Why I am a Radical Woman

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I am a first-generation Chicana, a mother and teacher, born and raised in South Los Angeles. I also happen to be a socialist feminist, an atheist, and a queer, whose very existence is a challenge to capitalism.

Fortunately, I was raised to think critically and search for ways to transform the world. Who were my influences? The main “culprits” were my parents, my high school English and history teachers, and Karl Marx.

Early inspirations. My politics come from my lived experience as a Chicanita.

I am the daughter of two loving and hard-working undocumented Mexican immigrants.

My mom was only 14 when she arrived in this country and began work as a seamstress in a downtown LA sweatshop. My father was 19 when he crossed the border and made his way to central California where he labored in the fields for little pay. As a child, I heard the terrifying stories of my parents’ migration journeys.

I remember sitting quietly next to my mom as she worked nonstop for hours in front of a loud and dusty sewing machine, piecing together mountains of cloth. Afterwards, we would pack up more fabric in our family station wagon to work on at home. I remember thinking how unfair it was that my mother never had time to rest her aching back. I felt so impotent and lonely watching her toil away.

My mom was my first feminist role model. Although she was busy, she was an energetic parent volunteer, serving as bilingual education coordinator in my elementary school. She loved taking my sister and me to our public library.

It was there, at the age of 9, that I picked up an old withdrawn copy of Karl Marx’s The Communist Manifesto and read, “What the bourgeoisie … produces above all are its own grave-diggers.” (Grin.) Wow — there were others like myself with a thirst to defend the exploited working class!

I was lucky to have two amazing English and history teachers. These Jewish radicals taught history using Howard Zinn’s People’s History of the United States and explored literature like Grapes of Wrath and This Bridge Called My Back. They taught us to question everything and in our hearts they planted the seed of desire to change this world.

I took up art and writing as mediums to express my politics and began to study how and why material conditions impact race, gender, sexuality, and class.

At California State University at Northridge, I became fascinated with theory and research, majoring in Chicana/o studies, women’s studies, and sociology. At the same time, I was a community activist and student organizer with MEChA, the American Indian Student Association, and the Women’s Center.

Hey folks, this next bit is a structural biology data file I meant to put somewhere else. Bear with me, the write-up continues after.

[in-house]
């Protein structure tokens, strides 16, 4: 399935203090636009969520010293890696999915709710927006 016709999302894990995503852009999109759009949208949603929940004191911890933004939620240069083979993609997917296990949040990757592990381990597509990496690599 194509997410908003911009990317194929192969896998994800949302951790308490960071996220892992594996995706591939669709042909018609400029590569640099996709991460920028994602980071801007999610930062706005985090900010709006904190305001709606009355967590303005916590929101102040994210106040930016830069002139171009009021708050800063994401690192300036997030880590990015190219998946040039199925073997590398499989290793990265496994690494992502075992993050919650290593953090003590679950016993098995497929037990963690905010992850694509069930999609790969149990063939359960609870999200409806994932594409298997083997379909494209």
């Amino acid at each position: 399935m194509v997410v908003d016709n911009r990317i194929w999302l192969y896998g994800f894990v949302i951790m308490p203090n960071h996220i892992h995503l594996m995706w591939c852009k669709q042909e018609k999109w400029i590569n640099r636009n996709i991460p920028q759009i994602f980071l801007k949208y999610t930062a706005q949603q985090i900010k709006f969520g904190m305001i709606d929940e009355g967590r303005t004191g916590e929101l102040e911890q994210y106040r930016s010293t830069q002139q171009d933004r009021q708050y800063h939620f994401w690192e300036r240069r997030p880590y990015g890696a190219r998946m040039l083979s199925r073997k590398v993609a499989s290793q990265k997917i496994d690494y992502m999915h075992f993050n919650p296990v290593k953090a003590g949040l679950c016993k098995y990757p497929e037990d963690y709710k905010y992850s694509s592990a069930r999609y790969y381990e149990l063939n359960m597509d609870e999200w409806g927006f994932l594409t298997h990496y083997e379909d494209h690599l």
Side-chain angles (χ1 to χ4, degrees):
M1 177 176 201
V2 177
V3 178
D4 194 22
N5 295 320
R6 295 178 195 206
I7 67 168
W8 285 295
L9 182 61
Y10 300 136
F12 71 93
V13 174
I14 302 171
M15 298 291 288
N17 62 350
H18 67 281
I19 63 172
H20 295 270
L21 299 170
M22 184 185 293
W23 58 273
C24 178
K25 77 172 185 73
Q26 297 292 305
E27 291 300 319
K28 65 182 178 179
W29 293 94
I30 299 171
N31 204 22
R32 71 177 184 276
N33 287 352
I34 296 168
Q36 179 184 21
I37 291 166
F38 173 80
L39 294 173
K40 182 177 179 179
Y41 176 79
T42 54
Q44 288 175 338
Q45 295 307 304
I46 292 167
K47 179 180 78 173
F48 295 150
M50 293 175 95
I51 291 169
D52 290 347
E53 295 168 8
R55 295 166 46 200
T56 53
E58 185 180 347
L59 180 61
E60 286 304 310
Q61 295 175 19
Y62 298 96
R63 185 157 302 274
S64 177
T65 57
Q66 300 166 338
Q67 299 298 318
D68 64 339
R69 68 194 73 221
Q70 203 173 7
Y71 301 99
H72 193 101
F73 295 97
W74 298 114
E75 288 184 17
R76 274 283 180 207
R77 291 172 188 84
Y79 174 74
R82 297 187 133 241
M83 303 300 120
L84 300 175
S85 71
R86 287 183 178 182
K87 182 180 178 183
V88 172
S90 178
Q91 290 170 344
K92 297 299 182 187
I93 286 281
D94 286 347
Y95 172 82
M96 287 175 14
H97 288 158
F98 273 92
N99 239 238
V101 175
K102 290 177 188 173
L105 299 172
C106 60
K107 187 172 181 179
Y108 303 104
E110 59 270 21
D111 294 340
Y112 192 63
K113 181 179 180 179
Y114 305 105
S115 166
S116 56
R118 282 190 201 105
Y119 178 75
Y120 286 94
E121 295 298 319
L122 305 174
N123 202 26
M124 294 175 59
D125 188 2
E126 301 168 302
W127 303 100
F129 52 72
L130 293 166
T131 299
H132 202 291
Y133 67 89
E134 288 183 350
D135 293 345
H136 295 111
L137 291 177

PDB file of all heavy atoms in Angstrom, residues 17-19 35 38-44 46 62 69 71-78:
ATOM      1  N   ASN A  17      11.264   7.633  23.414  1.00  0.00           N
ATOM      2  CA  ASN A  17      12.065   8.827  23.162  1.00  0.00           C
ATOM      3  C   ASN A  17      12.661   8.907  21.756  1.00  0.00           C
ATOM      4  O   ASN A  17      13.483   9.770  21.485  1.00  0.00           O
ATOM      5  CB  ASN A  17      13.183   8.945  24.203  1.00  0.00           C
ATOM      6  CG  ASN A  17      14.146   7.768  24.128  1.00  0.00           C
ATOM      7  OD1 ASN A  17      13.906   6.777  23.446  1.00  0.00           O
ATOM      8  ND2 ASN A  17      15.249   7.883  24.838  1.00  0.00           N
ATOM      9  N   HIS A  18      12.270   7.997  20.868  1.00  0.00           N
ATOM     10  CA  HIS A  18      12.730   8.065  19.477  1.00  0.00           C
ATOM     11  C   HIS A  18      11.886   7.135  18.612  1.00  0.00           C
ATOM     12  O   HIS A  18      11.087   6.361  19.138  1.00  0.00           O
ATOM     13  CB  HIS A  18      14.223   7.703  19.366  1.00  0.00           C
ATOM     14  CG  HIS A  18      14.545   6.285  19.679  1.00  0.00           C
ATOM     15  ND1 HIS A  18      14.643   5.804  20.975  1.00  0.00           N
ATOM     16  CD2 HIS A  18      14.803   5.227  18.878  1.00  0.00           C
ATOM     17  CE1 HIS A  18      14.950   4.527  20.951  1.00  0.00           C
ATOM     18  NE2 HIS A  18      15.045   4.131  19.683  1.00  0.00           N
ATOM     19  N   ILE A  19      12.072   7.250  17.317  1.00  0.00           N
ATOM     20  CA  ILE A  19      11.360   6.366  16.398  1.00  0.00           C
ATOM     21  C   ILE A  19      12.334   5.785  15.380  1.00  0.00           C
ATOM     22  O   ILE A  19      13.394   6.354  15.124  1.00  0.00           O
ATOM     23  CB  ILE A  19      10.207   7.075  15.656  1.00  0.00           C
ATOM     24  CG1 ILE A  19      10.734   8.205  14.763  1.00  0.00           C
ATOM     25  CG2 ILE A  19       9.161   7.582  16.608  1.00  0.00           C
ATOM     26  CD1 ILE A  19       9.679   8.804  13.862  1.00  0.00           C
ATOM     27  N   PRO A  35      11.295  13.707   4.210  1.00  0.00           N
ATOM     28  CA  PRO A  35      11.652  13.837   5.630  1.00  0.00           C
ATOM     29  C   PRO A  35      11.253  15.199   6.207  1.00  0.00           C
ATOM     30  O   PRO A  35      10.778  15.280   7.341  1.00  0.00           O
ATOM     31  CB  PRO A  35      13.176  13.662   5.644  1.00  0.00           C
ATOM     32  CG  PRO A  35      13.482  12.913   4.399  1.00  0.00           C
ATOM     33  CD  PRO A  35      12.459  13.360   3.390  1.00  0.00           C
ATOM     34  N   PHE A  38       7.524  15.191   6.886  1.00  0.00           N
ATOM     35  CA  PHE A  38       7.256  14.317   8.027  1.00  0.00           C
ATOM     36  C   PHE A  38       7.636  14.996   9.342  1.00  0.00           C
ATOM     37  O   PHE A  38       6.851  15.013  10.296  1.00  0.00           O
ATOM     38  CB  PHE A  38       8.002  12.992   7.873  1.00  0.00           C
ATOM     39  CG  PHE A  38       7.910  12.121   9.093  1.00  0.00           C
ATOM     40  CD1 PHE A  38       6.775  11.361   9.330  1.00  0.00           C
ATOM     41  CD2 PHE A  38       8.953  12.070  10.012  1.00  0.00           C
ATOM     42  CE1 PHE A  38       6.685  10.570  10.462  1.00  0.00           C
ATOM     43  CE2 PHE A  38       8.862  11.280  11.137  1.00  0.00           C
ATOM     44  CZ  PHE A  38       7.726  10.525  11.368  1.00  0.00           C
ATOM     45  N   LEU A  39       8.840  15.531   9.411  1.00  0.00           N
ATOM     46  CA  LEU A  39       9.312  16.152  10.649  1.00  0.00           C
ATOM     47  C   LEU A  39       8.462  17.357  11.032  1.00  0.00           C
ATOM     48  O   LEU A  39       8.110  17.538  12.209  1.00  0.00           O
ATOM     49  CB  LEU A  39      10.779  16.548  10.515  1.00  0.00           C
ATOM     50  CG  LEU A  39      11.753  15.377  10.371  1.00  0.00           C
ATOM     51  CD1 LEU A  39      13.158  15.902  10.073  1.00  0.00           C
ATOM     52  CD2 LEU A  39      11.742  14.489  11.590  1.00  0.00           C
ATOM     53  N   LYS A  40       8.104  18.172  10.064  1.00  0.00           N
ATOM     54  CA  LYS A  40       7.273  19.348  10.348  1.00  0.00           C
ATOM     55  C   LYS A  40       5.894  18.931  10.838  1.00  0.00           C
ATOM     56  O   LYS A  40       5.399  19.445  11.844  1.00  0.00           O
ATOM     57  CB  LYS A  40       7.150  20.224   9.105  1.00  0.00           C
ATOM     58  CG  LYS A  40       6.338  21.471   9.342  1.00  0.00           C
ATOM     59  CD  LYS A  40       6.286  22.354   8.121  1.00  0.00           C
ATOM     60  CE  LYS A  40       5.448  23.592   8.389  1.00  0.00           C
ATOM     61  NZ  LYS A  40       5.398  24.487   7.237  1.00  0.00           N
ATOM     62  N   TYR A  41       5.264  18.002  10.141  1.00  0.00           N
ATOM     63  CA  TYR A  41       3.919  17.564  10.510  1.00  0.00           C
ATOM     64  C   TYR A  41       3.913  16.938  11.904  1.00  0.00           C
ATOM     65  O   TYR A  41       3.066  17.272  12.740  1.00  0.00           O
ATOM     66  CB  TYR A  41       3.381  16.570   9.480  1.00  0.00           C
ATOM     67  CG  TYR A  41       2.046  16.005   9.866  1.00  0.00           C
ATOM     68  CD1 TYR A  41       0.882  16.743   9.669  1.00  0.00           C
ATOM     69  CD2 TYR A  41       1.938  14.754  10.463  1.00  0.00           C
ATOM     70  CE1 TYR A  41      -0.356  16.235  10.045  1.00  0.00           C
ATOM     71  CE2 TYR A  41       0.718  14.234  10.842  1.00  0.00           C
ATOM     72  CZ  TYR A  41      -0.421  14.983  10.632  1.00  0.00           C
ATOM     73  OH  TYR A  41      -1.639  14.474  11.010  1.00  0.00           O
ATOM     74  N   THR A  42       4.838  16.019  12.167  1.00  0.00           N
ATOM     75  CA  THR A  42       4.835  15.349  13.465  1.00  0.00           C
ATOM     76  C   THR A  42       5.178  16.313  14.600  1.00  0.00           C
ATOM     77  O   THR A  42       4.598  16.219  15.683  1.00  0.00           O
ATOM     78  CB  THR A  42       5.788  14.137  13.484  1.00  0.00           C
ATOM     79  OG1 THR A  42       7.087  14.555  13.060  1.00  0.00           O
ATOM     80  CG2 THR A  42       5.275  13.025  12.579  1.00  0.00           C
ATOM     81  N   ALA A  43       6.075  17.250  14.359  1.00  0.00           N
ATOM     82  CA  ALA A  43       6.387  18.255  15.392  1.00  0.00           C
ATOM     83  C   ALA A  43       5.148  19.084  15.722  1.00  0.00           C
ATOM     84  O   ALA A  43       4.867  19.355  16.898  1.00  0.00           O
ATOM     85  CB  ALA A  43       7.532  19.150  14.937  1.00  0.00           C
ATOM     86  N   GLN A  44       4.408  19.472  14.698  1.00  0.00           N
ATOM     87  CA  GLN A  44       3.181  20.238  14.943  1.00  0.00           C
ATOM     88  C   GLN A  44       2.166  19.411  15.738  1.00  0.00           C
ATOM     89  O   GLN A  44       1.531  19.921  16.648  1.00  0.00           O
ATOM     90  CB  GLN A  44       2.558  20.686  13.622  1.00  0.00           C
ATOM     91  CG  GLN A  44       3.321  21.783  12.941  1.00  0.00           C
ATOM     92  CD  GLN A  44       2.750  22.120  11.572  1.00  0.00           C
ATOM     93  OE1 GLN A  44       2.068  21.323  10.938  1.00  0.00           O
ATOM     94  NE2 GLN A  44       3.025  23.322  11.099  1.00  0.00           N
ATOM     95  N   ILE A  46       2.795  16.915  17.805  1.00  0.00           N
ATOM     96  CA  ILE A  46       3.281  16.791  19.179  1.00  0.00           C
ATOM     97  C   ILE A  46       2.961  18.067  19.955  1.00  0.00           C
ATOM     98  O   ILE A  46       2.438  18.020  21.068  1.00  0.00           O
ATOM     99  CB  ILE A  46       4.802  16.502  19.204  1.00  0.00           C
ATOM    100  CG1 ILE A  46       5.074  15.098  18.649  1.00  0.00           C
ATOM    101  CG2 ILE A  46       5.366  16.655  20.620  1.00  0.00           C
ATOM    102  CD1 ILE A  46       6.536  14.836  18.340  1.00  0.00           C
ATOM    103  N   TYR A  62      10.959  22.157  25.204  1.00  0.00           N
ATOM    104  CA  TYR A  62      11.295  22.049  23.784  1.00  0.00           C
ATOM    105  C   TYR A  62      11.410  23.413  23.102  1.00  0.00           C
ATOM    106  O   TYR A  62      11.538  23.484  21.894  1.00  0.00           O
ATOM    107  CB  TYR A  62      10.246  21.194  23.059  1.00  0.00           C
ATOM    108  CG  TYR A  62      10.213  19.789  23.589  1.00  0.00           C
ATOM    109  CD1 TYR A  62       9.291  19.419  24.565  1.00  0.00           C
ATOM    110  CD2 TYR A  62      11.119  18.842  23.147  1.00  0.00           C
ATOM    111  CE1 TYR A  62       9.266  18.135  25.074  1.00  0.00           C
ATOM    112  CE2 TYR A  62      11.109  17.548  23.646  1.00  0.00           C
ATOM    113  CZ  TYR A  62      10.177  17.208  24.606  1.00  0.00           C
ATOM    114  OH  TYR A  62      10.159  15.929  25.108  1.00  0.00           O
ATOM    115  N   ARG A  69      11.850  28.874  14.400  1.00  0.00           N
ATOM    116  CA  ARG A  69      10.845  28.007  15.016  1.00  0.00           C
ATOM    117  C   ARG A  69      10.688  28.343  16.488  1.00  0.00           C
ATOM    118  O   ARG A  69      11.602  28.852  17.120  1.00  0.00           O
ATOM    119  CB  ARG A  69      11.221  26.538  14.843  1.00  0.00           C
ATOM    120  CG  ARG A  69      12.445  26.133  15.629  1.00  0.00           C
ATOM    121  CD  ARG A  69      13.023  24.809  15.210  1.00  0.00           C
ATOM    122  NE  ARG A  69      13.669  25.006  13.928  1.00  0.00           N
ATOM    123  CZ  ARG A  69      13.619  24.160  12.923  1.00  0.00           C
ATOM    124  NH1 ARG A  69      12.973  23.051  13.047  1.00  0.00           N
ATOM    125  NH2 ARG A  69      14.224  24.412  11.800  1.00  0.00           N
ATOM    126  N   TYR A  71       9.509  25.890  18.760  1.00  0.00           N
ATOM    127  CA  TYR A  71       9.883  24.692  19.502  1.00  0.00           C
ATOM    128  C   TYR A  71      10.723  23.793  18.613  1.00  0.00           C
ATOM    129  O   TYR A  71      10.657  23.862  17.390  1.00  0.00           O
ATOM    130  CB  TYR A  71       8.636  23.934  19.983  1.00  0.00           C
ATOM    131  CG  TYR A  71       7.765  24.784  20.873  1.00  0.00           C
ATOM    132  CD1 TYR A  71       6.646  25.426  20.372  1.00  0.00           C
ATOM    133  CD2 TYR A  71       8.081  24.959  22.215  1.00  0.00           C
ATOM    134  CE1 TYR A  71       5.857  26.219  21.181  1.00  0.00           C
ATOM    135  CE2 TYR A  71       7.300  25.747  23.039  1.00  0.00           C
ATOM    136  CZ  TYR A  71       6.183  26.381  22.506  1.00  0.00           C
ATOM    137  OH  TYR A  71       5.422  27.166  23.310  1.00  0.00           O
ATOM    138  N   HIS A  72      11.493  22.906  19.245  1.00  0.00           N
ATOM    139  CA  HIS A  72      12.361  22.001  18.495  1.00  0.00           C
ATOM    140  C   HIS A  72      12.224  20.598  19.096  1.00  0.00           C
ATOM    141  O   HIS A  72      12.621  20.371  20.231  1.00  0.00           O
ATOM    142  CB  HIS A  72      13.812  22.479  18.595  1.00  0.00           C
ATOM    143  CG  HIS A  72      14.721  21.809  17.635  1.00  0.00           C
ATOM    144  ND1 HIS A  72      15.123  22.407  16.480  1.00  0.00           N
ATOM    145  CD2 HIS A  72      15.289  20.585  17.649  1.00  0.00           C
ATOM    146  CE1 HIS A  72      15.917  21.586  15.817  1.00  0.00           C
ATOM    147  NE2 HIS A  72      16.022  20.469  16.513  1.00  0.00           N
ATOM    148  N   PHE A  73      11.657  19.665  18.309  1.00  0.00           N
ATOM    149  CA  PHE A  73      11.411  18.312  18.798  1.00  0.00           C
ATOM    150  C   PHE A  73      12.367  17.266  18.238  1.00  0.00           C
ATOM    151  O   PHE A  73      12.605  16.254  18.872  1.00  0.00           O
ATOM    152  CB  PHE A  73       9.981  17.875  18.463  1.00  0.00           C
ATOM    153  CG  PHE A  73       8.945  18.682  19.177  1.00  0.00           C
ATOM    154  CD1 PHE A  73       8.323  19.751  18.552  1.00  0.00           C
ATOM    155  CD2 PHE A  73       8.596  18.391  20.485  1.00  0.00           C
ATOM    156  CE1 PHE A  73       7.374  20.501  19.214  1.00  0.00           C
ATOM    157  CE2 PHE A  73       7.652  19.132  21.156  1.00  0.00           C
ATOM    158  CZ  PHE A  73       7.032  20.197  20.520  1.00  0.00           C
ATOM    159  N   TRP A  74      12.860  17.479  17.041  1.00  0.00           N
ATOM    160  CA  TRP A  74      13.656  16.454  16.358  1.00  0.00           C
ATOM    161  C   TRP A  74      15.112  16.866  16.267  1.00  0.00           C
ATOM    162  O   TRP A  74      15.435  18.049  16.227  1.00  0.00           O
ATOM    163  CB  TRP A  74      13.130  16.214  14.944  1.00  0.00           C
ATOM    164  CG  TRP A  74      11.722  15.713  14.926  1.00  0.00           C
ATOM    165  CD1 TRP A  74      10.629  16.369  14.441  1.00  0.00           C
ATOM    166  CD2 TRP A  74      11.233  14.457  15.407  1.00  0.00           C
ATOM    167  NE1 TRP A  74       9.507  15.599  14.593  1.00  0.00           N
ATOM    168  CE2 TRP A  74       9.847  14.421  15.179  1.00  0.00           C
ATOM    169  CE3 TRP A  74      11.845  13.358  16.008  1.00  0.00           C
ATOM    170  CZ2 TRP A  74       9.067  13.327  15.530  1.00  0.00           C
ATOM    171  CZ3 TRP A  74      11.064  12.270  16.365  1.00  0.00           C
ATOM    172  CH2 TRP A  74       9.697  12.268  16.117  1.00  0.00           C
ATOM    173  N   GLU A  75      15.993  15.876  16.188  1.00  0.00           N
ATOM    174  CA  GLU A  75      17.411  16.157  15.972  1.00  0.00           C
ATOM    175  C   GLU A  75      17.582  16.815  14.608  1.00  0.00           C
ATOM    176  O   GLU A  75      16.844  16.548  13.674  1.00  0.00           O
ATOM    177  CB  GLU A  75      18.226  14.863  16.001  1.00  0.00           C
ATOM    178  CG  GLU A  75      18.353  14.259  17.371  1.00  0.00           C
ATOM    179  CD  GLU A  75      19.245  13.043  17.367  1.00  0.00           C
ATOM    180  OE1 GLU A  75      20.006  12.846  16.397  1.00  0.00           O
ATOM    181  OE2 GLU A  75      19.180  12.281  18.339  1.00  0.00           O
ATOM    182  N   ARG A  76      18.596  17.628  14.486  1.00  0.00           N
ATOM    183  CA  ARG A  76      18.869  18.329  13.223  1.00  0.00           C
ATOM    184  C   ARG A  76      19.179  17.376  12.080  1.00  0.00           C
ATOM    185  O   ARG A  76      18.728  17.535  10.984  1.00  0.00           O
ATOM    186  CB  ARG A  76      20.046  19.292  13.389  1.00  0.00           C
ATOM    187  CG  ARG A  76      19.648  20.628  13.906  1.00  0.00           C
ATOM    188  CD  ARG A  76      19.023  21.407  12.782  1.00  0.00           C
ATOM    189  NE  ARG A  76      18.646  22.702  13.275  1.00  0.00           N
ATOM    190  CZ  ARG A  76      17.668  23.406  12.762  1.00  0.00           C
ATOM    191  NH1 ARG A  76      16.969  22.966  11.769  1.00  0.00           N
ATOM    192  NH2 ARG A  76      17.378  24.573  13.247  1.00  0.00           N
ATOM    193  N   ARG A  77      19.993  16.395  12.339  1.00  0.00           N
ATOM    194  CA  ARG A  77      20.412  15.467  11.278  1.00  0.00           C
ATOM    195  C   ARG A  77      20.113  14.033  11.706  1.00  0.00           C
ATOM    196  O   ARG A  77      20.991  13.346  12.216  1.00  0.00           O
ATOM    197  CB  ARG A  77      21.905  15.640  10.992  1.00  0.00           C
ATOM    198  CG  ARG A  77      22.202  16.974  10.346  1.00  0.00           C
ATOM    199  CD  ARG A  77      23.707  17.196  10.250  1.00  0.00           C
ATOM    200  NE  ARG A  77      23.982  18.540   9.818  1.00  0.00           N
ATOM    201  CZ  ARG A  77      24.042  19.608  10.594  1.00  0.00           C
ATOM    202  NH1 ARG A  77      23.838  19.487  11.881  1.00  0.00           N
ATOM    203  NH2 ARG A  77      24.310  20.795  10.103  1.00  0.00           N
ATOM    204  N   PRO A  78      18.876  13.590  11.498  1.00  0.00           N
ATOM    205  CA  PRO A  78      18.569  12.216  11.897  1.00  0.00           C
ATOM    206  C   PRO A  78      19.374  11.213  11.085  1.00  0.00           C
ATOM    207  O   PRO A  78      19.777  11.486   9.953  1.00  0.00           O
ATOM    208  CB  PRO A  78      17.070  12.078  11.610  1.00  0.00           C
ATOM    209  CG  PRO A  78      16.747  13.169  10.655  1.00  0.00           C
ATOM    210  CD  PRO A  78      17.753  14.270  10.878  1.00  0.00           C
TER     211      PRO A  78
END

But I still searched for a group that would tackle the root cause of oppression: capitalism and all the “isms” that come from it.

Striking radical gold. Then one day at an immigrant rights rally I met a feisty Chicana who stood out from the rest of the speakers. She gave a catchy solidarity speech defending women and lesbian/gay/bi/transgender immigrants, and she was not afraid to denounce both Republicans and Democrats for the ICE raids! She was Radical Women’s LA Organizer. I was hooked!

Radical Women is the group for me because it is multi-issue and multiracial, with a solid socialist feminist program and solutions to the questions of women, race, and class. Radical Women believes in building female leadership, especially that of women of color, to guide the overthrow of capitalism. It is a powerhouse with a long track record of defending the rights of working women and oppressed people via coalitions, rallies, protests, poetry slams, art and film showings, celebrations, study groups, and more.

These courageous feminists are not afraid of debate and they show that women can do everything from public speaking to writing. They encourage me to offer my talents and skills. One of the most fascinating roles I’ve taken on in Radical Women is being the Education Coordinator and leading study groups on Chicana and Black feminist theory. I love teaching and learning from many different participants, all with a passion to change the system. I even got to coordinate a successful feminist art exhibit for LA’s International Women’s Day celebration!

So that is how I became a joyful and busy socialist feminist. If you’re a woman searching for an outstanding group to join, look up Radical Women and get ready to lead!

Send feedback to Beatriz Paez at jademt4@hotmail.com.